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The Battalion

The Student News Site of Texas A&M University - College Station

The Battalion

The Student News Site of Texas A&M University - College Station

The Battalion

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Coming Out Monologues give LGBTQ+ Aggies space to share

Coming+Out+Monologues
Photo by By Chevall Pryce
Coming Out Monologues

The lights in the Rudder Forum dimmed as students of different majors and classifications gathered around the spotlight to tell stories of coming out and their life as LGBT individuals, with a mix of comedy and heartfelt confessions.
The annual Coming Out Monologues put the literal spotlight on students in the LGBT community to express their personal anecdotes of coming out to family and friends, as well as their experience on the Texas A&M campus. Andrew Roblyer, volunteer for the GLBT Resource Center and employee at the Health Science Center, helped organize the event as well as aid students participating by helping them create a monologue.
“We held a couple of workshops, one in the fall and one in the spring, to help people think through how they want to tell their story,” Roblyer said. “From there, they write and submit … I work partially on that and the performance aspect.
Chad Mandala, program coordinator for the GLBT Resource Center, participated in the monologues, telling the story of coming out to his mother and father as gay, comparing the experiences to a Lifetime movie. After coming out to his mother, who said she always knew, Mandala came out to his father with a punchline.
“So I’m driving with my father that night as we’re heading home from dinner … He was getting ready to alert me to his discontent with the driver in the other lane. He decides to signal this in the middle of us talking about me needing money for a new laptop. He says, ‘Would you look at this guy, he’s driving like a f—-t,’” Mandala said. “In either some moment of blacking out or random courage — I’m not really sure at this point — I said, ‘That’s weird. He drives nothing like me.’”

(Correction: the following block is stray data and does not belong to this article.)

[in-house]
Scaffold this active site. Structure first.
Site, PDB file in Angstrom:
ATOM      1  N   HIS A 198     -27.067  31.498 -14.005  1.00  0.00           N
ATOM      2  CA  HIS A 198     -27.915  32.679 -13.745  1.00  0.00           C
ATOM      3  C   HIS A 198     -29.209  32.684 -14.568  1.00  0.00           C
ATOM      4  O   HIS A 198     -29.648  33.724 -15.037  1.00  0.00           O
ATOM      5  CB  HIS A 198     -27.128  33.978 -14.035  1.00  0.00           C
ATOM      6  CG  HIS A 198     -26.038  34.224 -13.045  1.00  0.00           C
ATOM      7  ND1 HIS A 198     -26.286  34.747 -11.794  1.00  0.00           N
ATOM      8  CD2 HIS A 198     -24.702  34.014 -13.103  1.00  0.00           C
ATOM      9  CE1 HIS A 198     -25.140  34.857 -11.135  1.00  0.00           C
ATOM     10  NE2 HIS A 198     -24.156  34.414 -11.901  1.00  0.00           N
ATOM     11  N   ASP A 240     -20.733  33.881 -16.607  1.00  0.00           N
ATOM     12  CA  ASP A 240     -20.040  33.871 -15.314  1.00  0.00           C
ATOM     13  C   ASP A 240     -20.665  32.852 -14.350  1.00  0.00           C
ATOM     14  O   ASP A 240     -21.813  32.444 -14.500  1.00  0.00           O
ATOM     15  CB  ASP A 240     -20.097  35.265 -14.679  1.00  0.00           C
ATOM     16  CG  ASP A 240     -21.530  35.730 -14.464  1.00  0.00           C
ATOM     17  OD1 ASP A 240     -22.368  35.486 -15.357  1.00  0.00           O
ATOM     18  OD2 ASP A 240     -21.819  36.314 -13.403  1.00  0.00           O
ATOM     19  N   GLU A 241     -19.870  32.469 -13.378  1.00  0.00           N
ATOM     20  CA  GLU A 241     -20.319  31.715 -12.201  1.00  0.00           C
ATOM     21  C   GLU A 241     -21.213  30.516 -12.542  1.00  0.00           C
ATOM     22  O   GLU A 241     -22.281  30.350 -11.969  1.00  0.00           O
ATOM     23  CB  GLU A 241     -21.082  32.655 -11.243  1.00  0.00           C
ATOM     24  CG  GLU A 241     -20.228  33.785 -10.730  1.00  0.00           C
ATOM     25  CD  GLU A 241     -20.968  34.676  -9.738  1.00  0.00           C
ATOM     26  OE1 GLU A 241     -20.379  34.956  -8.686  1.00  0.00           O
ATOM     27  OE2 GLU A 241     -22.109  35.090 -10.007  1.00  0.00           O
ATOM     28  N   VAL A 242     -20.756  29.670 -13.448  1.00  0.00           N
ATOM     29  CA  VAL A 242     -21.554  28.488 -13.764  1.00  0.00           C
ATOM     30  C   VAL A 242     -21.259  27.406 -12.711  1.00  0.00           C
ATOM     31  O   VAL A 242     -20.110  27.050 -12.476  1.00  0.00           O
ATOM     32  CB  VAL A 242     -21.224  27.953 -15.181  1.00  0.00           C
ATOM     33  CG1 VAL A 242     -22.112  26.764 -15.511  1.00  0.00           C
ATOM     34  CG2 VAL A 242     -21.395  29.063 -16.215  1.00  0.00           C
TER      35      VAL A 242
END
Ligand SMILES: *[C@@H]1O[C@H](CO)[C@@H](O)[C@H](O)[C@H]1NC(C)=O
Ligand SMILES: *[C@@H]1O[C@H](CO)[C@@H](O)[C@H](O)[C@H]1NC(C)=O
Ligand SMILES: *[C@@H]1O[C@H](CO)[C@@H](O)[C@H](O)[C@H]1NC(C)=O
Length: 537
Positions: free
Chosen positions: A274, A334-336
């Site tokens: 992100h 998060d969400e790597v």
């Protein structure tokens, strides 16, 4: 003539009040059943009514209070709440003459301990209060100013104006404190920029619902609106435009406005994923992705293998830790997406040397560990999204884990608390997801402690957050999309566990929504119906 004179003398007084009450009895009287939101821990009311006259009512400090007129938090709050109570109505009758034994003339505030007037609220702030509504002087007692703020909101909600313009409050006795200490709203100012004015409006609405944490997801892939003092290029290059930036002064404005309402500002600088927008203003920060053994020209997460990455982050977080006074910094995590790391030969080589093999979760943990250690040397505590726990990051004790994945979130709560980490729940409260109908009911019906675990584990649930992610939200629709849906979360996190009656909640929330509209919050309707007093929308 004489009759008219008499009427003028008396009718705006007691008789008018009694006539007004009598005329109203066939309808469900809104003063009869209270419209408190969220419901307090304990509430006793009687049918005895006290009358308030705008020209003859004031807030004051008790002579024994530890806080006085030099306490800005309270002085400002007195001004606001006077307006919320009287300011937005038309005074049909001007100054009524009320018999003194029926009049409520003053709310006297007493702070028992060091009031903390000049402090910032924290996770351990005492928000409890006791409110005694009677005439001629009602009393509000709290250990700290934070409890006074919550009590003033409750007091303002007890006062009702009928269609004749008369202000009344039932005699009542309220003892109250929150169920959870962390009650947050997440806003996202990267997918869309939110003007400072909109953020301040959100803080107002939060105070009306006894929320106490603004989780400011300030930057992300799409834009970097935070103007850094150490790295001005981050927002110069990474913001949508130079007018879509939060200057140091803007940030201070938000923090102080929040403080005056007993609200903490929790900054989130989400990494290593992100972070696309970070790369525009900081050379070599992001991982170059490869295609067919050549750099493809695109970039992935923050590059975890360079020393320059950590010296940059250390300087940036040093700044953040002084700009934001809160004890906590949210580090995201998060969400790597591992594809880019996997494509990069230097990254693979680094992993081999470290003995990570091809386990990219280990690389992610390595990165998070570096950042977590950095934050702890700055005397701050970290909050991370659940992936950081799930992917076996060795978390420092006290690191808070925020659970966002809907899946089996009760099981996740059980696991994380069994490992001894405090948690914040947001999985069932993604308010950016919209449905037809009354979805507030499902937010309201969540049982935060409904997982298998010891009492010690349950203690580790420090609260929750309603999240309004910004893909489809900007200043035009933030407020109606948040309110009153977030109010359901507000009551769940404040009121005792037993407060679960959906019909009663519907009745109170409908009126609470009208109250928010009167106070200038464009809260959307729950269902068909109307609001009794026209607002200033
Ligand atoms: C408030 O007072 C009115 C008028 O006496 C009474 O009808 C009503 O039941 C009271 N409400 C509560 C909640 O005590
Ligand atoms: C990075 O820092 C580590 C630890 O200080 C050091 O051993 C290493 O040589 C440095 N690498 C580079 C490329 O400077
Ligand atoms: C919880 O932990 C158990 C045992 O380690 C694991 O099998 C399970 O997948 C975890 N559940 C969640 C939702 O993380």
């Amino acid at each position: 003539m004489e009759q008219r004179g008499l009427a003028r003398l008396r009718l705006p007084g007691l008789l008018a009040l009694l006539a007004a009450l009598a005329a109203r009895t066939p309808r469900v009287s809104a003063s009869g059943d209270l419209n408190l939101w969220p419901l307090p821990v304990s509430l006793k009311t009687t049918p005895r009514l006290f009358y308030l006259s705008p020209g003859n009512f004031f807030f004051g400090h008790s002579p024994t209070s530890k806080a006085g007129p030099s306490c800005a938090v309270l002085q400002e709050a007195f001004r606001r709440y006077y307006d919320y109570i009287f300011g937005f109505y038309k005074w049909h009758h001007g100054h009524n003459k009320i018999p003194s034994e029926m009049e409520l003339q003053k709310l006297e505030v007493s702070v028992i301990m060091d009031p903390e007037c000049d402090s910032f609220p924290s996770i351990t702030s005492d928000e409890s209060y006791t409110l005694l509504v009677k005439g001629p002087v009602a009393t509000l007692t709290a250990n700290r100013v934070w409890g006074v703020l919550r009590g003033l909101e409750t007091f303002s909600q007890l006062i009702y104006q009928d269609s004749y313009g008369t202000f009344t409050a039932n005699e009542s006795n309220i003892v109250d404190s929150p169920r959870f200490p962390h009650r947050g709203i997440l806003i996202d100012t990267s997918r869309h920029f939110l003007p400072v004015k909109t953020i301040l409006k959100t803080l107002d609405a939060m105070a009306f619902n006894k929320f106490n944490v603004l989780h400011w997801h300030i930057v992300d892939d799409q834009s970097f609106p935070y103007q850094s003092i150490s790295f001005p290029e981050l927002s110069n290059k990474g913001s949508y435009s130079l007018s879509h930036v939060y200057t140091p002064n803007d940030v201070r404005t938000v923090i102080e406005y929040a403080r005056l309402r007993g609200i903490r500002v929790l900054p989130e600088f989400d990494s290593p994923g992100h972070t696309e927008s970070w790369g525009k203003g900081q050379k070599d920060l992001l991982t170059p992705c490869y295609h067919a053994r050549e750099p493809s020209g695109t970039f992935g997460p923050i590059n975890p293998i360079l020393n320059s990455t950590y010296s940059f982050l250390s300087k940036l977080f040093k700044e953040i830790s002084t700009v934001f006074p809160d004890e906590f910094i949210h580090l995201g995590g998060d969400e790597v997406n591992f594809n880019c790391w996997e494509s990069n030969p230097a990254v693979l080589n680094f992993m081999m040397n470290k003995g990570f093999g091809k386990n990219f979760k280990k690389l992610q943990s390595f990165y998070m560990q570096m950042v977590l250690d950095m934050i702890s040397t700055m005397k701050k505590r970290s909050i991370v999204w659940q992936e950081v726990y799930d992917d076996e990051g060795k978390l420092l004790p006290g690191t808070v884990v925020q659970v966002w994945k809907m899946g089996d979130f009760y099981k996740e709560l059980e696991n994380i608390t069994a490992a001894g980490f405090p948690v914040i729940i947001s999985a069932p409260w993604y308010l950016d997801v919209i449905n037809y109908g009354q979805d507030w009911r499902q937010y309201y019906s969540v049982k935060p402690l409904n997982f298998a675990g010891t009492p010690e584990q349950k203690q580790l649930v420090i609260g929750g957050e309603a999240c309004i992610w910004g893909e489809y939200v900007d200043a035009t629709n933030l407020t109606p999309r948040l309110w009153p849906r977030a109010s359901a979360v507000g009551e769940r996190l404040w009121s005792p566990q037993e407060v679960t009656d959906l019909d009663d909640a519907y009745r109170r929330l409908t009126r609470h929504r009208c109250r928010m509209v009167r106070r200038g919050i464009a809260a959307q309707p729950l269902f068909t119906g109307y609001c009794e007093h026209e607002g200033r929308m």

Miss Click, a student in drag, told the story of an interaction with her father, comparing the way they live their lives.
“What words could I use to let them know what the nails and makeup mean to me?” Miss Click said. “This Thanksgiving, my father couldn’t comprehend why I did my nails, why I manicure myself with acetates and pigments in order to feel like I live honestly … Building fences and grooming cattle wove him into the social fabric of the community that he serves. Wearing colors marked me as a part of the community to which I belong.”
Itzia Medrano, sociology freshman and member of the Corps of Cadets, told stories of feeling unwanted by her fellow Corps members for being a lesbian. Medrano said although there are good people in the Corps, she is tired of false representation of their accepting qualities and language she hears.
“Lately, the smaller things having been getting to me. Quite frankly, I’m a little pissed off. I am angry that people think they have a right to speak for God and tell me that he doesn’t love me because of who I choose to spend my time with,” Medrano said. “I am so sick of having to plan my love life around my social life in order to avoid offending anybody.”
Medrano told a story about the time she heard her fellow cadets using a slur to refer to gay people during an event concerning where future cadets would be staying on campus.
“So I’m sitting there and they’re briefing us … And they pass out a paper for us to sign with only two questions on it. One of them was ‘Do you feel comfortable hosting LGBT prospects?’” Medrano said. “The two cadets in front of me had the following conversation. One of them asks, ‘Did you actually circle yes?’ The other says, ‘Yeah and you?’ The cadet turns around and says, ‘Of course not, I don’t want some f-g in my bed.’”
Two monologues were read by students for participants who did not want to speak on stage.
“Sometimes we use monologues from years past, and the people who wrote them are no longer here,” Roblyer said. “We don’t want someone’s story to not get told just because they don’t want to speak in public.”
Robin Banks, university studies senior, said she feels the monologues are important for the A&M community to hear after viewing the event.
“It was very moving,” Banks said. “They really make you think about things. They really bring it to center stage. I think that what the second girl in the Corps said about all of the activities that go on in the Corps is very important.”
Roblyer ended the monologues by reading the names of transgender people of color killed during 2016 as well as the beginning of 2017. Roblyer said the stories of LGBT students, dead and alive, need to be told.
“There are millions of LGBTQ+ people out there with stories. Even more importantly, there are LGBTQ+ individuals who have stories to tell about other parts of their identity as well. Race, religion, socioeconomic, gender and other aspects of their identity cannot be separated,” Roblyer said. “If we are serious about listening to their stories, we need to be willing to listen to all of their stories. Otherwise, it ends up being a bunch of white men taking charge.

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